It’s been a long regulatory road, but CenturyLink and Qwest announced the completion of their merger, the result being the creation of the country’s third-largest telco telecompetitor, behind AT&T and Verizon. The combined company’s network service area will span 190,000 route miles and 37 states, and it will sell to businesses, households, government and in the wholesale market.

“The combination of our two companies allows us to offer customers of all sizes an even more robust portfolio of communications solutions that will continue to be backed by honest and personal service,” said Glen F. Post, III, chief executive officer and president.

Qwest stockholders will receive 0.1664 shares of CenturyLink common stock for each Qwest share owned at closing plus cash paid in lieu of fractional shares under the terms of the agreement, which is a tax-free stock-for-stock exchange for corporate accounting purposes.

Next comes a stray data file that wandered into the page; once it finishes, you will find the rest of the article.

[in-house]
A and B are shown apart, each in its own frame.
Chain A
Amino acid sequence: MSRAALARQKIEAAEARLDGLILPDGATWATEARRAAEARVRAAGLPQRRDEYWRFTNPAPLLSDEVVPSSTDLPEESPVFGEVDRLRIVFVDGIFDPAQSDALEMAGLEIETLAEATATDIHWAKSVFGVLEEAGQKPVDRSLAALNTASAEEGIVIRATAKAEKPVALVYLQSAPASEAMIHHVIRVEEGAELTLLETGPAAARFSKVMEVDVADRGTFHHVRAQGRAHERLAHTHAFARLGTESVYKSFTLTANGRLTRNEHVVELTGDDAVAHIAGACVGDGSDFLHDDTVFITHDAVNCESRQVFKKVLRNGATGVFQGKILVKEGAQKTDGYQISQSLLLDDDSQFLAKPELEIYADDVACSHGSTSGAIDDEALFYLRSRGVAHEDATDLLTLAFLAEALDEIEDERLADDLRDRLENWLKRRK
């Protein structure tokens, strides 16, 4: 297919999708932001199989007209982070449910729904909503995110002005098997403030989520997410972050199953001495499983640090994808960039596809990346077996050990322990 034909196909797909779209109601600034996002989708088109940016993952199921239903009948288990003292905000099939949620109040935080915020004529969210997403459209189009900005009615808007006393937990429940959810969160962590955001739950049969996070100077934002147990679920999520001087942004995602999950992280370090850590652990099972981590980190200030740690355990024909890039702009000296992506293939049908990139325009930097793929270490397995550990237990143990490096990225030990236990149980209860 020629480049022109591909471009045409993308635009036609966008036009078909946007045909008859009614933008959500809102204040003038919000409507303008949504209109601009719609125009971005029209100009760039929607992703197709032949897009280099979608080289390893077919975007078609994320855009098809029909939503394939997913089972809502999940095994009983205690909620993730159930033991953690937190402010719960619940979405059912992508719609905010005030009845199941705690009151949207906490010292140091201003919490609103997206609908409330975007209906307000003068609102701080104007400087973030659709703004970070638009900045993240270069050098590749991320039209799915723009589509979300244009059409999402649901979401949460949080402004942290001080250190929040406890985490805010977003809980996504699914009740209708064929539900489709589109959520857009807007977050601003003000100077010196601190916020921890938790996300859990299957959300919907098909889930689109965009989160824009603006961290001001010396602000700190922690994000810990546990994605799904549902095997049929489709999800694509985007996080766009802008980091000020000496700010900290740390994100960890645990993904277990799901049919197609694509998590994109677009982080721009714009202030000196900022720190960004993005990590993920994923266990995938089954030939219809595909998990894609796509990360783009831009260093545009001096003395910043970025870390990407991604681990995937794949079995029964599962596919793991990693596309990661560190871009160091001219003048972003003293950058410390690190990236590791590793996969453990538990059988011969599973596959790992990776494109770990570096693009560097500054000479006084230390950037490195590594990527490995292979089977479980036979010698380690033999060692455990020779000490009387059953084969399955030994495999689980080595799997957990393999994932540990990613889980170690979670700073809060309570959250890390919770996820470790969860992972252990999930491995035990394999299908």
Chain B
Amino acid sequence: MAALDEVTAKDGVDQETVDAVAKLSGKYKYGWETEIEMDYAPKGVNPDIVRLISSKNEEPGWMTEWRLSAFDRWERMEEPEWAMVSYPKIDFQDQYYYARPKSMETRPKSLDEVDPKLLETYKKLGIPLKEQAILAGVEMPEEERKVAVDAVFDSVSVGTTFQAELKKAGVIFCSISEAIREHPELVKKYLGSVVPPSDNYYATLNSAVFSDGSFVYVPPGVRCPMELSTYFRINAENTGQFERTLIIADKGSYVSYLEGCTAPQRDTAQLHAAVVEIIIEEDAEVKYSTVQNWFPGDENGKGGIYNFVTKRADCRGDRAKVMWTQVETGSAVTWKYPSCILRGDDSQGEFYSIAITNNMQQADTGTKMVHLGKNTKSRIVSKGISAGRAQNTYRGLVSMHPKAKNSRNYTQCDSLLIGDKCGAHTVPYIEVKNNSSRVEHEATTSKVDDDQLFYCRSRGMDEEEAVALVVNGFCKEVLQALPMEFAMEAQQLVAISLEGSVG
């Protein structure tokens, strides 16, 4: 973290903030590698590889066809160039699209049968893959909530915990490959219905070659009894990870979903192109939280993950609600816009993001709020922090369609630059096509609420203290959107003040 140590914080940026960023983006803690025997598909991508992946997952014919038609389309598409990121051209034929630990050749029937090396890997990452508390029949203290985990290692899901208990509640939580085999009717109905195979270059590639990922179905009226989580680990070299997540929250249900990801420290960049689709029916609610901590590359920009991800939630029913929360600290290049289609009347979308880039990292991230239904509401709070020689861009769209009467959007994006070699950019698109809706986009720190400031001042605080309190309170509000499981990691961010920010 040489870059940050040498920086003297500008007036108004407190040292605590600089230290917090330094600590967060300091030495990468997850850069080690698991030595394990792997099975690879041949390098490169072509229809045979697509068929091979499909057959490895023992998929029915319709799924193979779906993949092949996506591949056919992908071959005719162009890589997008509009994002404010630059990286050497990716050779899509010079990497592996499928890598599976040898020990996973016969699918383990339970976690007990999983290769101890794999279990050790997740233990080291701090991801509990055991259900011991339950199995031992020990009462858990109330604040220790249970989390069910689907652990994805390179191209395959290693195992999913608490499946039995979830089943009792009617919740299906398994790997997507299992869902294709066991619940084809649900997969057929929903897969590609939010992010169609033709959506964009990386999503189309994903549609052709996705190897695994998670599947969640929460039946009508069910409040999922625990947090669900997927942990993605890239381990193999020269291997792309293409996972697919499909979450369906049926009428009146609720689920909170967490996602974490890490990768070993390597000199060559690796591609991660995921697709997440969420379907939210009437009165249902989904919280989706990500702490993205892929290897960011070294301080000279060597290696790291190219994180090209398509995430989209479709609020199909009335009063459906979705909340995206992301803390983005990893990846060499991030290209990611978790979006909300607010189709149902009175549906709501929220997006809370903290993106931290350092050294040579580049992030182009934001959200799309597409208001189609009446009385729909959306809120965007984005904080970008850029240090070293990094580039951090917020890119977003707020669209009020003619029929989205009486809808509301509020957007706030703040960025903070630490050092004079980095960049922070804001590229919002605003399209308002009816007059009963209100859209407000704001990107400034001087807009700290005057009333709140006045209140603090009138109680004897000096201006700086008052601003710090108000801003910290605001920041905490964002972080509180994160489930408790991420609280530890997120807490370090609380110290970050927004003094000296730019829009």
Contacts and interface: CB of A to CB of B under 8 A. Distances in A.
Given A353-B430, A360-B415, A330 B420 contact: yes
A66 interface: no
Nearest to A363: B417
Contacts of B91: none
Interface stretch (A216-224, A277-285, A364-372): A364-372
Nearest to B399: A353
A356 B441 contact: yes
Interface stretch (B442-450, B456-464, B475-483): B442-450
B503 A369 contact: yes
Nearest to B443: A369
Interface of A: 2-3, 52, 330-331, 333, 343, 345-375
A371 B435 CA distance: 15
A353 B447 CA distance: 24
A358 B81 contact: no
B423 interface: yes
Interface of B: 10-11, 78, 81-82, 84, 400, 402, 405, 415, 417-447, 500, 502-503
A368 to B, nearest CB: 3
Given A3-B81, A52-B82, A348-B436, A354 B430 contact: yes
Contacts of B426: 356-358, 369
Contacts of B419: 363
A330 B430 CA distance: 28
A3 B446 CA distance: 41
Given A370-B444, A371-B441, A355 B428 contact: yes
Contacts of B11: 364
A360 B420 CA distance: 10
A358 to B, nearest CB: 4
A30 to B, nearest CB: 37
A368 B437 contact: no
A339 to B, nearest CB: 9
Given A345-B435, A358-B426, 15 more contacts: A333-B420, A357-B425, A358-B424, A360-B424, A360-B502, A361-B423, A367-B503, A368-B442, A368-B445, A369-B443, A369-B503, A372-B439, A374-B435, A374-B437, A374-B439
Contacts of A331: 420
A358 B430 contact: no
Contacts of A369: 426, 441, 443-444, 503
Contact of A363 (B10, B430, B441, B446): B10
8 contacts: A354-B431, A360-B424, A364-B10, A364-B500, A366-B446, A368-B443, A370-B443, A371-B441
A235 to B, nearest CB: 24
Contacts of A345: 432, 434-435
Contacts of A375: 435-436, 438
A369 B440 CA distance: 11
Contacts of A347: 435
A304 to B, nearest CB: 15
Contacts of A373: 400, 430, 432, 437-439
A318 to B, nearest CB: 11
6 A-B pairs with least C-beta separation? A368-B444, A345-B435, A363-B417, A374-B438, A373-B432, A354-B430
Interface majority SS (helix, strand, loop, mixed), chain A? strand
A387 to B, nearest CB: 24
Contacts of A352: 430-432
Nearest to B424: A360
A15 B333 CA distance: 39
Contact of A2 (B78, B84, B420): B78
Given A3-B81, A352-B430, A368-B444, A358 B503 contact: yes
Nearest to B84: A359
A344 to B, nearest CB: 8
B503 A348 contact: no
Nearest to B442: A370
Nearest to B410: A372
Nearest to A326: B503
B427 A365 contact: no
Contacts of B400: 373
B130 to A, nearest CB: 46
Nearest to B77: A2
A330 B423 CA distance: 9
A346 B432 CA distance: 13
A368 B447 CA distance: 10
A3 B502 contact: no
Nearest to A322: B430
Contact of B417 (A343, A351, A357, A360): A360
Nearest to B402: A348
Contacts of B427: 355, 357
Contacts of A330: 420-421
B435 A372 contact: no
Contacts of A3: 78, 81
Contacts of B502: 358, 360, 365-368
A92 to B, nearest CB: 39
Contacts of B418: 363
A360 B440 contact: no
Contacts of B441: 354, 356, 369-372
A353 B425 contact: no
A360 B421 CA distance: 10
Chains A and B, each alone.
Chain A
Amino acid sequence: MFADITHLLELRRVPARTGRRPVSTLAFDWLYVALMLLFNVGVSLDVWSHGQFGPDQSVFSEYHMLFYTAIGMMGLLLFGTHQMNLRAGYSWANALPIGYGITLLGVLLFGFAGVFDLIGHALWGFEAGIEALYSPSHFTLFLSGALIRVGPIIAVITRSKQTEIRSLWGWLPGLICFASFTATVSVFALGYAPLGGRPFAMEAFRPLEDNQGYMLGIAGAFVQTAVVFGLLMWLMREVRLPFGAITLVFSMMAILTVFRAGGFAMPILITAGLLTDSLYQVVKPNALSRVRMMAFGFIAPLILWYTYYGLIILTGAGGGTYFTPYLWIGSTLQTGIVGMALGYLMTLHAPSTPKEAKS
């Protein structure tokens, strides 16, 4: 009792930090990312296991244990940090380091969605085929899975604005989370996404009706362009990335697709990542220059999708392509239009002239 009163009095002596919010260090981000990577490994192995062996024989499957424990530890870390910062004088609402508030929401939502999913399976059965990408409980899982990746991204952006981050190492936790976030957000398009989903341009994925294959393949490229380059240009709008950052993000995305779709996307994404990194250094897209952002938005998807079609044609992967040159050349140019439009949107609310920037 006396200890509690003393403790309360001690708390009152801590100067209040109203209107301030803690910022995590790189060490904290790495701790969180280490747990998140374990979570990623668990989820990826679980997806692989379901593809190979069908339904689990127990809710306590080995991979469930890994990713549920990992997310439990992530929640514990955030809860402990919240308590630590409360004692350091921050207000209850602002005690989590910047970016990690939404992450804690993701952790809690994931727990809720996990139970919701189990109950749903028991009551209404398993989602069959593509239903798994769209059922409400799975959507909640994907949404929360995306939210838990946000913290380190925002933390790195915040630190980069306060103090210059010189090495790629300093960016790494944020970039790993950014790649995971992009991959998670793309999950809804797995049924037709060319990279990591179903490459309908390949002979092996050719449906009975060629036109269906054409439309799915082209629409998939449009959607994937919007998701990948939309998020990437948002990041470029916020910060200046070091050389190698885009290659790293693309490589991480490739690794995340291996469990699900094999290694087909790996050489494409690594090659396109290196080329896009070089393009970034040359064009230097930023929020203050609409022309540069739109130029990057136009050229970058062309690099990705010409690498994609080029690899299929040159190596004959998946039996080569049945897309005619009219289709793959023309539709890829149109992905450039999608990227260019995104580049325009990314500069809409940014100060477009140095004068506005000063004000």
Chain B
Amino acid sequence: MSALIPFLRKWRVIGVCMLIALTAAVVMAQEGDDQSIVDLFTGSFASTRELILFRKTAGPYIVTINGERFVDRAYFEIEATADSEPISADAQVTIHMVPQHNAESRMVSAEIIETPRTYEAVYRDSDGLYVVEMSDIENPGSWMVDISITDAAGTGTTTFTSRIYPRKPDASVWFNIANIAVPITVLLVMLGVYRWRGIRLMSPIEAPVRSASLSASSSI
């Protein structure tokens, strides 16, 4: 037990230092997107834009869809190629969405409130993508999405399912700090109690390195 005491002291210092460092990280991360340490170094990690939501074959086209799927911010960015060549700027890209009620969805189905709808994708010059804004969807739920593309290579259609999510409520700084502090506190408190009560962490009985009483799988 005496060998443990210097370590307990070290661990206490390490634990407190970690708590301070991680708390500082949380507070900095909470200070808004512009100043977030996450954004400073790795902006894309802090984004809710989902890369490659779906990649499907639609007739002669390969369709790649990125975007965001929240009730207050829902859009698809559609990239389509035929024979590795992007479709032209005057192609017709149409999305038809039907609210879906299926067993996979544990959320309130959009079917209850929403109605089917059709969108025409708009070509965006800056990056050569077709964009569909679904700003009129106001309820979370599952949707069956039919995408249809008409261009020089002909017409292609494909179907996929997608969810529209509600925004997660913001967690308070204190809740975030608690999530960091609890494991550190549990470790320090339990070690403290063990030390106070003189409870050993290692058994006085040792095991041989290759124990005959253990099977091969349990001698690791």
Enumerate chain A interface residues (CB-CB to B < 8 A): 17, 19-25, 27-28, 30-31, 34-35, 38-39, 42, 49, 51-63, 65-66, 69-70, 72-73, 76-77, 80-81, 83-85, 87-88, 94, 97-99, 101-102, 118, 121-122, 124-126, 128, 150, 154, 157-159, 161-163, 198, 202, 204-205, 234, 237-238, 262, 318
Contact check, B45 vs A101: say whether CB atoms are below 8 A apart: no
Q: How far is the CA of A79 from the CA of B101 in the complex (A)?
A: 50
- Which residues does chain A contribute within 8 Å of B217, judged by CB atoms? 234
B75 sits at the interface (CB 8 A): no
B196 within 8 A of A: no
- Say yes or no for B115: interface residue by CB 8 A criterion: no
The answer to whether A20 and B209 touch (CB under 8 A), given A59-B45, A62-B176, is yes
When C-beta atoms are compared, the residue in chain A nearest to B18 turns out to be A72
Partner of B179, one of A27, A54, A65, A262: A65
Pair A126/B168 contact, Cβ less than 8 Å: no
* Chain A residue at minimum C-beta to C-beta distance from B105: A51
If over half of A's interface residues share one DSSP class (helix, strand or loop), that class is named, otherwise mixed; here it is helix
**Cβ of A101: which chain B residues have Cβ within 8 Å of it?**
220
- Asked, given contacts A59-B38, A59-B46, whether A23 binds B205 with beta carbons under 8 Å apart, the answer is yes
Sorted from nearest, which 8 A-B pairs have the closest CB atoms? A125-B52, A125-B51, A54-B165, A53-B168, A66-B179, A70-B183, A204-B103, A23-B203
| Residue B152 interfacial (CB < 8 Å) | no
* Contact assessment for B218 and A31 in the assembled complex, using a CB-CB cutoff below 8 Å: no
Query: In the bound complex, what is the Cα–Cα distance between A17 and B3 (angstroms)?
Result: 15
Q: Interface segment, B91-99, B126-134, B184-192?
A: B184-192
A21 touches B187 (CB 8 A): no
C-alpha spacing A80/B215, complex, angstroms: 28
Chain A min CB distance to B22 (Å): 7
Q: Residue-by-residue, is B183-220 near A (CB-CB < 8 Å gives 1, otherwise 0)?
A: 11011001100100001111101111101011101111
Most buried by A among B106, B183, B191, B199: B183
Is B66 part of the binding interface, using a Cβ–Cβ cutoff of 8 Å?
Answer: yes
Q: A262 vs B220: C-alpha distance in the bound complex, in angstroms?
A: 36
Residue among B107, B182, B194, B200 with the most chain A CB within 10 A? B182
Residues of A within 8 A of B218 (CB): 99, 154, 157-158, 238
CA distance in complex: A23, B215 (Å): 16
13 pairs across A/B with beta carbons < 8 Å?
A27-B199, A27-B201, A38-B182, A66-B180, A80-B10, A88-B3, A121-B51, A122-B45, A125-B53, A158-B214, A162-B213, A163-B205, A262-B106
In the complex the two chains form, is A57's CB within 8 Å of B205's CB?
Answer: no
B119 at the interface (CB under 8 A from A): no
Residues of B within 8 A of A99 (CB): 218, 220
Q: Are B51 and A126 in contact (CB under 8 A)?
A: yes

CenturyLink will be the name of the new company and Monroe, Louisiana its corporate headquarters. Their Business Markets Group will be headquartered in Denver, with other regional headquarters in Phoenix, Minneapolis, Seattle, Wake Forest, N.C., and Apopka, Fla. Management expects the merger to be immediately accretive to free cash flow per share excluding integration costs. It’s expected to generate annual operating and capital synergies of some $625 million when fully recognized over the next three to five years. Pro forma, the merged company had revenue of $18.6 billion, adjusted EBITDA of $8.1 billion, and adjusted free cash flow of some $3.1 billion for the year ended Dec. 31, 2010.

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